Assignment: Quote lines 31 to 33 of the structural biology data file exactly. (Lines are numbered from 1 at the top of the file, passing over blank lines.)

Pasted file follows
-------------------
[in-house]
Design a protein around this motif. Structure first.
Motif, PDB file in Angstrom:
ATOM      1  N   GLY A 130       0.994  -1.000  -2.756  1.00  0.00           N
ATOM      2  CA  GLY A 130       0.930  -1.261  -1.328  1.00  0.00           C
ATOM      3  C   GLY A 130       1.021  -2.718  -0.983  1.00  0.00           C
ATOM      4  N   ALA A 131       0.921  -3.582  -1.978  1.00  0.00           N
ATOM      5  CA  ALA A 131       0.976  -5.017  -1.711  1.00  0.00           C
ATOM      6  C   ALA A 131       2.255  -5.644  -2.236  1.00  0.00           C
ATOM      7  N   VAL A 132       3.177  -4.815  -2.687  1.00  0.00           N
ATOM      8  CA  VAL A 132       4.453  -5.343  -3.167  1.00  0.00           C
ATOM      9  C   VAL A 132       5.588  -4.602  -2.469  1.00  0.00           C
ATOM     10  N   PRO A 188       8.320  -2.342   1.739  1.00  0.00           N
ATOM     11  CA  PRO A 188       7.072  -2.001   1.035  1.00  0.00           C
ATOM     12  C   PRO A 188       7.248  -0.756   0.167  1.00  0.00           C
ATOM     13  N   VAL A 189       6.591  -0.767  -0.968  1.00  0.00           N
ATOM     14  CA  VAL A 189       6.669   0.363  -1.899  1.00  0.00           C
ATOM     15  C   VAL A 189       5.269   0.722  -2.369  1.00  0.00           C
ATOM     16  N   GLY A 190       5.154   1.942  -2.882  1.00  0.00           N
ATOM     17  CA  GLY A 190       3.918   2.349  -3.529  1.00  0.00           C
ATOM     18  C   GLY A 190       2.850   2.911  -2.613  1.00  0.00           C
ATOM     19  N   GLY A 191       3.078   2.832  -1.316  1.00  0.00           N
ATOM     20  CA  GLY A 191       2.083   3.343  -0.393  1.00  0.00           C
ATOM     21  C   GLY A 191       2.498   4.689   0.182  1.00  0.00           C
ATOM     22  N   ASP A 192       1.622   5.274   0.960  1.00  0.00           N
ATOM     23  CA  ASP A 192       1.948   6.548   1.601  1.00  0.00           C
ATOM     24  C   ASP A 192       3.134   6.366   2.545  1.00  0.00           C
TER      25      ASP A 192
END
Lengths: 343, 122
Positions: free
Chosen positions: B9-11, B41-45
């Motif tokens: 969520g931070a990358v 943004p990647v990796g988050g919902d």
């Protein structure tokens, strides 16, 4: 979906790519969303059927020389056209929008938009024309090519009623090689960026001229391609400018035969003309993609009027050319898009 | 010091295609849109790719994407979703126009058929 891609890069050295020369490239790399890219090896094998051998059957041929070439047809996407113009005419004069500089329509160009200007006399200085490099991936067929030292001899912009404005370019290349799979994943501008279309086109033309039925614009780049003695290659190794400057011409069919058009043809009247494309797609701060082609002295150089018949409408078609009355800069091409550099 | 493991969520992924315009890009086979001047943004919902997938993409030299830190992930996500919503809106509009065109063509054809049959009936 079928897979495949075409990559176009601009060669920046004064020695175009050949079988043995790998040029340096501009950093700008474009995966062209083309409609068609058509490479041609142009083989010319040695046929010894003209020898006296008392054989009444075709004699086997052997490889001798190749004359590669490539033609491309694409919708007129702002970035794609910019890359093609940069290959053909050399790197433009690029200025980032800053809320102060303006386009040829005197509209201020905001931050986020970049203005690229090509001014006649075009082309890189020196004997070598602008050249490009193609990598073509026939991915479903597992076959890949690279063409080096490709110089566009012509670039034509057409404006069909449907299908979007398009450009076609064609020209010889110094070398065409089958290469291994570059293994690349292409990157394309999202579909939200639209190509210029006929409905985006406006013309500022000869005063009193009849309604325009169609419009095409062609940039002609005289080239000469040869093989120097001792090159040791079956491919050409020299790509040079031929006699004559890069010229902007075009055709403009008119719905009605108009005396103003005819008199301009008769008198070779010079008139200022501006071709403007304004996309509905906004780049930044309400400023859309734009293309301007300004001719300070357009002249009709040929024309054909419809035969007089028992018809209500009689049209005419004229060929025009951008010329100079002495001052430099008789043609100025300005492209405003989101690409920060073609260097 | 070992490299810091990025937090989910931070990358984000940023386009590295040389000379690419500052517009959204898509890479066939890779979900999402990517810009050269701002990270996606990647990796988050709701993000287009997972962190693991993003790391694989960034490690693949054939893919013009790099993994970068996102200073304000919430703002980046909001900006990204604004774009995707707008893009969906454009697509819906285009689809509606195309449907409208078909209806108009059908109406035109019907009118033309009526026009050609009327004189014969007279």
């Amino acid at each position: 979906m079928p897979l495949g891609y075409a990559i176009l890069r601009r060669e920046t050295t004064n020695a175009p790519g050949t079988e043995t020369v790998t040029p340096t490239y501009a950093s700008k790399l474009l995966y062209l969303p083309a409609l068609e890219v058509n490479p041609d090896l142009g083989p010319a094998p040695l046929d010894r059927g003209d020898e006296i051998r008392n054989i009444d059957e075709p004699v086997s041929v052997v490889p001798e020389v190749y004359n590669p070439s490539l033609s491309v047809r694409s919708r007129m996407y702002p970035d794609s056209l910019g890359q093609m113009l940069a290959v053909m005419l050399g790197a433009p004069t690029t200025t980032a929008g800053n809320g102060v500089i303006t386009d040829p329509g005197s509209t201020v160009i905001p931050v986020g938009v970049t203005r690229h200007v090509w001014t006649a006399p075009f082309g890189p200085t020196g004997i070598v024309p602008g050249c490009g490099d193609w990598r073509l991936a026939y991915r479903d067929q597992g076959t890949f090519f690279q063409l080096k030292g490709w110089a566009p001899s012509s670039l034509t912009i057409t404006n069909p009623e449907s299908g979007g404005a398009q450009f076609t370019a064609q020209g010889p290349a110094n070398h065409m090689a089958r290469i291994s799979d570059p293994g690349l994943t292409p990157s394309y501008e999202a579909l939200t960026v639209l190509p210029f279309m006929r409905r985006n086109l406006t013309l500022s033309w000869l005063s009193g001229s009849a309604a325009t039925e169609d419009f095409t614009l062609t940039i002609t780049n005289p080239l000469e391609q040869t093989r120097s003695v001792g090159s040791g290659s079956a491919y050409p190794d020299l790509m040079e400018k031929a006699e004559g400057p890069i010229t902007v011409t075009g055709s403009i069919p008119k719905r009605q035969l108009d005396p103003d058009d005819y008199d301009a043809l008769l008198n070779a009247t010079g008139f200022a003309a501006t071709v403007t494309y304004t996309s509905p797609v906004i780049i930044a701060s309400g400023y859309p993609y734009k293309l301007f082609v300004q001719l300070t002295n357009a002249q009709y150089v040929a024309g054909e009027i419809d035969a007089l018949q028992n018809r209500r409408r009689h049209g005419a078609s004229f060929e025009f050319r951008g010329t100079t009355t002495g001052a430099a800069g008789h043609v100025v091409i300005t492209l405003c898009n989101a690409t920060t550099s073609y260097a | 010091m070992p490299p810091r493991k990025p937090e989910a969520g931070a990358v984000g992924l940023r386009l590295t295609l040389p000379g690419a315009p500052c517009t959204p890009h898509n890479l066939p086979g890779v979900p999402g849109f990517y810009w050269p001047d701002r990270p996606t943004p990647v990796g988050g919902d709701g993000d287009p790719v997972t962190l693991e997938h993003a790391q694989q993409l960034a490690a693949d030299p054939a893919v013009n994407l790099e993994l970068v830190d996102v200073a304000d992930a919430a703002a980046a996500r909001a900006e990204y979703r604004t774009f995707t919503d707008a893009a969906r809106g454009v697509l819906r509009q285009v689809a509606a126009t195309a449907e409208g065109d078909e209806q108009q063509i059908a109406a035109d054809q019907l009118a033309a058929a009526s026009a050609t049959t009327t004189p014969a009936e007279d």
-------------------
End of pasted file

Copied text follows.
Positions: free
Chosen positions: B9-11, B41-45
């Motif tokens: 969520g931070a990358v 943004p990647v990796g988050g919902d």